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  • Basic Info
Licensed from
Generic: resveratrol
treats Cancer and Cardiovascular disease
               



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Interactions

Interactions with Drugs

Based on preliminary laboratory study, resveratrol may have additive effects when taken with antifungals, such as nystatin. There may be a protective effect of trans- resveratrol on gentamicin- induced kidney toxicity.

Laboratory study suggests that resveratrol has anti- aggregating and antithrombin activity and may have additive effects when taken with other drugs with the same actions. Use of resveratrol with antiplatelet drugs like clodipogrel (Plavix®), dipyridamole (Persantine®), non- steroidal anti- inflammatory drugs (NSAIDs), and aspirin or anticoagulant drugs like warfarin (Coumadin®) could cause increased risk of bleeding.

Resveratrol may increase the effects of some antivirals, including antiretroviral HIV medications.

Based on laboratory and animal study, the use of resveratrol with antihypertensive/ cardiovascular drugs may result in additive effects.

Based on laboratory study, resveratrol may sensitize or enhance the efficacy of anticancer drugs, such as paclitaxel or actinomycin D.

Based on laboratory study, resveratrol may antagonize the effects of cardiac glycosides, such as digoxin or digoxin- like drugs.

Cholesterol levels have been lowered in rats, although the clinical significance is unknown in humans. In theory, resveratrol could increase the effects of cholesterol- lowering drugs such as HMG- CoA reductase inhibitors ("statins") or bile acid sequestering agents (cholestyramine).

Based on preliminary data, resveratrol may enhance the immune suppression caused by cyclosporine A.

Drinking large quantities of red wine, which contains resveratrol, may have adverse effects on the liver. Preliminary evidence suggests that resveratrol may weakly inhibit the way that the liver breaks down certain drugs, herbs, and supplements (inhibits multiple cytochrome P450 enzymes).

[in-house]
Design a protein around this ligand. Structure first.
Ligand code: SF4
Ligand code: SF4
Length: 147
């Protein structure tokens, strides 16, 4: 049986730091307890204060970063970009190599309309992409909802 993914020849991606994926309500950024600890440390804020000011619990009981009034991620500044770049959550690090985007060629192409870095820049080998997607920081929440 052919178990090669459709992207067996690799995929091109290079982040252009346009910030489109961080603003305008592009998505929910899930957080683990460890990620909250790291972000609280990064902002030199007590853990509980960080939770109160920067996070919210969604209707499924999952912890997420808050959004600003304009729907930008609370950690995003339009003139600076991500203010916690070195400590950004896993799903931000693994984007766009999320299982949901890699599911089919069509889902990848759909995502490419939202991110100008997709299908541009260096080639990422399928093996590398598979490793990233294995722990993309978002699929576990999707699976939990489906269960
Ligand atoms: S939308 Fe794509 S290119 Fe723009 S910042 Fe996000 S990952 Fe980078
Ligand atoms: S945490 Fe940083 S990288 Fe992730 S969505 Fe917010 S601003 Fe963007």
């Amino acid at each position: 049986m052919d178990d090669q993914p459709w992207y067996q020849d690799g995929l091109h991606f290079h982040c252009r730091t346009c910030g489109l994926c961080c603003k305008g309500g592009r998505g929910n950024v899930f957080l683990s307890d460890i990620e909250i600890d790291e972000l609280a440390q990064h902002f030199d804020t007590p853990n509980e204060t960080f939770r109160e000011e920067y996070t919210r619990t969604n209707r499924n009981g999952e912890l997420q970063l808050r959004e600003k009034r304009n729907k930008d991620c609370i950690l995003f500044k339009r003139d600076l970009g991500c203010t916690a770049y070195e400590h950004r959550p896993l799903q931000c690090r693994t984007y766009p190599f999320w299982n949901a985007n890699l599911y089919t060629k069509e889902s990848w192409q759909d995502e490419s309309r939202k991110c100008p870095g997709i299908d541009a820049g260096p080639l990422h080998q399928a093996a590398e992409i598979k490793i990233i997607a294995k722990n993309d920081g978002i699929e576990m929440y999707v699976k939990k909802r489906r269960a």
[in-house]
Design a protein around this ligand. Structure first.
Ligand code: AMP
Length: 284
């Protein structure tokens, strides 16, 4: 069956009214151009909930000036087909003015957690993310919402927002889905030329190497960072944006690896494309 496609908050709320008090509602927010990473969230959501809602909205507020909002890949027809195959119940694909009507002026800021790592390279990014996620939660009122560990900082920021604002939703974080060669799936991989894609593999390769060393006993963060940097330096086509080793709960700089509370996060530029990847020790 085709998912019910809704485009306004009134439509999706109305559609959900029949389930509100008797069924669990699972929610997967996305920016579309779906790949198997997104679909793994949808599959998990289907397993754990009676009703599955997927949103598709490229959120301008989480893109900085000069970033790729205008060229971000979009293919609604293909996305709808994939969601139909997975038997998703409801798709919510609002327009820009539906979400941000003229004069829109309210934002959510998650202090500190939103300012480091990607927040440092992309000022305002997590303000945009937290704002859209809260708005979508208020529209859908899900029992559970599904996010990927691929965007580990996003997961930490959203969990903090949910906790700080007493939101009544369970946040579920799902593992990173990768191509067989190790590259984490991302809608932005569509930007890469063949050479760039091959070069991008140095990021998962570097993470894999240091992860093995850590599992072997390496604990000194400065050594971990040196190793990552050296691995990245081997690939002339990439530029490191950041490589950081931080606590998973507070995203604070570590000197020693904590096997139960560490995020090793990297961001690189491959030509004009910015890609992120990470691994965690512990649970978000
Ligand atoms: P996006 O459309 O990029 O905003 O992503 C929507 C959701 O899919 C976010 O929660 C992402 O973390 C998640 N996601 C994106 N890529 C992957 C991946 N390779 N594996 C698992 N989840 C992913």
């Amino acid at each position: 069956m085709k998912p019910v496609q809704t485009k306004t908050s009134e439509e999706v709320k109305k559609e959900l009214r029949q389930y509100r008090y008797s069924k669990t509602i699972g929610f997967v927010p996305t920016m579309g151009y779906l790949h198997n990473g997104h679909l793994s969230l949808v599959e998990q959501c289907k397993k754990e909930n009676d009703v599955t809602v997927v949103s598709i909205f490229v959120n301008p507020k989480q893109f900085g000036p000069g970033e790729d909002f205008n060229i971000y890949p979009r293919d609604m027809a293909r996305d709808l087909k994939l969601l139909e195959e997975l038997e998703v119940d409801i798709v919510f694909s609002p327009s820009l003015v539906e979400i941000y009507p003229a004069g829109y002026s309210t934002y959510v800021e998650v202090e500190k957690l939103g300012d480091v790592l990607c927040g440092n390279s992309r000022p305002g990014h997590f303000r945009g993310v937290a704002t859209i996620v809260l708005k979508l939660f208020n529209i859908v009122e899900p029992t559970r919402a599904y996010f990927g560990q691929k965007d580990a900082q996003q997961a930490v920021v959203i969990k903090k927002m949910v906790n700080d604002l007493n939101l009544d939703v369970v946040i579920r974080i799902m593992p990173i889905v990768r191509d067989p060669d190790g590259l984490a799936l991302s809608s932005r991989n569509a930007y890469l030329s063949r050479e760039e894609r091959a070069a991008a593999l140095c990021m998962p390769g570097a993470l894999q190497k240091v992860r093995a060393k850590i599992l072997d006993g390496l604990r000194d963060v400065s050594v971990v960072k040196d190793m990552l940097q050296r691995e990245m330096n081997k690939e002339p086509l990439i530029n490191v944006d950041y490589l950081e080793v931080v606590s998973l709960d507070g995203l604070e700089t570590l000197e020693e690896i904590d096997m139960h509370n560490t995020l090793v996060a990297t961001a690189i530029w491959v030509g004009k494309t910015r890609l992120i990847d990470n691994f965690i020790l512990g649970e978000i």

Based on resveratrol's chemical structure, which is similar to that of the synthetic estrogen agonist diethylstilbestrol, resveratrol may function as an estrogen agonist and exhibit an additive effect when taken in conjunction with estradiol. However, limited laboratory study has shown resveratrol acting as an estrogen antagonist. Resveratrol may have the potential to act as both an estrogen agonist or antagonist depending on a variety of factors.

Based on preliminary study, resveratrol may interact with MAOIs such as phenelzine (Nardil®) and tranylcypromine (Parnate®). This effect has not been confirmed in humans.

Interactions with Herbs and Dietary Supplements

Based on preliminary laboratory study, resveratrol may have additive effects when taken with antifungal herbs and supplements. There may be a protective effect of trans- resveratrol on gentamicin- induced kidney toxicity.

Laboratory study suggests that resveratrol has anti- aggregating and antithrombin activity and may have additive effects when taken with other herbs and supplements with the same actions.

Resveratrol may increase the effects of some antivirals.

Theoretically, the use of resveratrol with blood pressure- lowering or cardiovascular herbs and supplements may result in additive effects.

Resveratrol may antagonize the effects of cardiac glycoside herbs that are similar to digoxin or foxglove.

Cholesterol levels have been lowered in rats, although the clinical significance is unknown. In theory, resveratrol could increase the effects of herbs and supplements like garlic, guggul, red rice yeast, or niacin.

Drinking large quantities of red wine, which contains resveratrol, may have adverse effects on the liver. Preliminary evidence suggests that resveratrol may weakly inhibit the way that the liver breaks down certain herbs and supplements (inhibits multiple cytochrome P450 enzymes).

Based on resveratrol's chemical structure, resveratrol may function as an estrogen agonist and exhibit an additive effect when taken with estradiol. However, limited laboratory study has shown resveratrol acting as an estrogen antagonist. Resveratrol may have the potential to act as both an estrogen agonist or antagonist depending on a variety of factors.

Based on preliminary study, resveratrol may interact with MAOIs such as St. John's wort. This effect has not been confirmed in humans.

Based on laboratory study, resveratrol may increase inhibitory effects on carcinoma cells when combined with quercetin and rutin. Preliminary study also has shown that resveratrol may enhance the growth inhibitory effects of vitamin D.

               
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